Hospice gala entertains sold out crowd

David Middleton peruses some of the items available during the silent auction at Hospice Prince Edward's gala dinner on Saturday evening. (Chad Ibbotson/Gazette staff)




Nearly 150 people packed Wellington’s Highline Hall on Saturday for Hospice Prince Edward’s valentine themed fundraiser gala.

Catered by Chef Michael Hoy and featuring live and silent auctions and performances from Eddy and the Stingrays, the event appeared to be a hit for hospice.

Hospice Prince Edward board member and chair of the event’s organizing committee Annette Gaskin was enthusiastic about the response.

“It went really, really well — everybody was really delighted,” she said.

While she said the event was successful financially, there wasn’t yet a final total of the funds raised when she spoke to the Gazette on Monday. All 150 of the available tickets sold out and the vast majority of those who purchased a spot at the gala braved some harsh winter conditions to make it to the Wellington and District Community Centre on Saturday night.

“It surprised me and it’s just a reflection of the county — we only had four people not show up,” said Gaskin. “The weather was terrible, so it was amazing people still made it out.”

The money will go to support Hospice Prince Edward’s operations, including the residential hospice and community outreach programs. Hospice receives some financial support from the province, but most of the funding for the organization’s programs must come via community support.

“We have to raise at least 75 per cent of what we need for operating costs,” said Gaskin.

The organization has to fundraise about $18,700 each month or $224,400 annually to support the operation.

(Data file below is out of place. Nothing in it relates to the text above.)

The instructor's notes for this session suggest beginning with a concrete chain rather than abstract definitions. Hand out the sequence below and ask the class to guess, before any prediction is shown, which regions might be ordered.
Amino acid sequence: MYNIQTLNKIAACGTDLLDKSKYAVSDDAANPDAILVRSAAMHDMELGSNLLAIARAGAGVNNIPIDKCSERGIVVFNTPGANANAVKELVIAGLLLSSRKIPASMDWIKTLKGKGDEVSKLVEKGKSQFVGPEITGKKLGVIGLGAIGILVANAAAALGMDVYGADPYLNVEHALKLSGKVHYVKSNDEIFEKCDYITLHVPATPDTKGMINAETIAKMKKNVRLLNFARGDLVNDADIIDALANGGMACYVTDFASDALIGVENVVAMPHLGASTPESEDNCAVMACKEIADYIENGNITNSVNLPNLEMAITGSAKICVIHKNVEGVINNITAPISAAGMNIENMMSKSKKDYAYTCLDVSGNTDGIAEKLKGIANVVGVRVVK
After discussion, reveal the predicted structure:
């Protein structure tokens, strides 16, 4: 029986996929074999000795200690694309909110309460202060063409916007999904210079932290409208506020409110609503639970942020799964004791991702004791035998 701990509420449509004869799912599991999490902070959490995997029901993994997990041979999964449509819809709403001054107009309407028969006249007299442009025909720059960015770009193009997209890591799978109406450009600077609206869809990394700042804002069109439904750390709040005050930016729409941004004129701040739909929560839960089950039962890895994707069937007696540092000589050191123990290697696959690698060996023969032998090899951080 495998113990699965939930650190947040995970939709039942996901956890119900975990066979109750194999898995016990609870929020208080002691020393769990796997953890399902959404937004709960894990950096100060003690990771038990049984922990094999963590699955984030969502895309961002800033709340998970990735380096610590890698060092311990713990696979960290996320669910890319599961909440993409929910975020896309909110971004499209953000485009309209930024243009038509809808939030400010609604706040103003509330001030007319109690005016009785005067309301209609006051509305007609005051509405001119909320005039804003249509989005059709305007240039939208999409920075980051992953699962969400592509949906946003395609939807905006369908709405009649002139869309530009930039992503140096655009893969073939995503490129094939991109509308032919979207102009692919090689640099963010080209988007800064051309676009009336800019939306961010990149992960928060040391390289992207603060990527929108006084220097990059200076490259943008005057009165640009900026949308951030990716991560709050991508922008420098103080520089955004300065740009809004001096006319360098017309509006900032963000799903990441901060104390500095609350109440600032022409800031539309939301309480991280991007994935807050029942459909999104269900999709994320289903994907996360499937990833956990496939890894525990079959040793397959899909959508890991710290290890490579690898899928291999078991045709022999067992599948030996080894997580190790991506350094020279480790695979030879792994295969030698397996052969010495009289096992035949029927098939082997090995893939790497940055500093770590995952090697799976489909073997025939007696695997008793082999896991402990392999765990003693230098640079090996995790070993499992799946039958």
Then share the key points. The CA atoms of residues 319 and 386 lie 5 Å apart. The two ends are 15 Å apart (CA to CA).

Hospice Prince Edward president and board chair Peter Matthewman said the funds raised at the gala would help give hospice some space when it comes to funding day-to-day operations and would allow the organization to plan for the long term.

“We’re not scrambling to keep funding going on a day-to-day basis,” he said.

Hospice has held galas in the past, the last being about five years ago. Gaskin said organizers decided to bring it back in an effort to try something a little different that would attract those seeking a fun night of dinner and dancing. She said the community support received was overwhelming.

“We got a tremendous amount of support from the whole community in terms of people who own stores, our artists, they contributed so much, they donated so much — it was amazing,” she said.

She said it’s the type of support where four different guests were prepared to pay $100 for a pie.

“The support was there, and I heard from a person today that the pie was wonderful,” she laughed.

Aside from the financial support such events generate, Matthewman said the gala would increase hospice’s visibility in the community.

“Families realize they can really be relieved of the burden of being caregivers and worrying about medications, laundry, and other issues,” he said. “Instead, they can take those final days or hours with their loved one, reminisce, have conversations, and share special moments — it’s so important that they have the opportunity.”

He said a high-profile event like the gala would show the public and other caregivers within the community that hospice is available and able to provide support at no cost.

Hospice took the opportunity during the gala to recognize Catharine Huff for a significant donation. Gaskin also thanked Hoy and Eddy and the Stingrays for their contributions.

“It was a great, great night and it didn’t close down until one in the morning,” she said.

Matthewman thanked everyone who attended as well as Gaskin and all the other volunteers who helped make the event a success.

“It wouldn’t have been as successful if we didn’t have all of those people volunteering,” he said.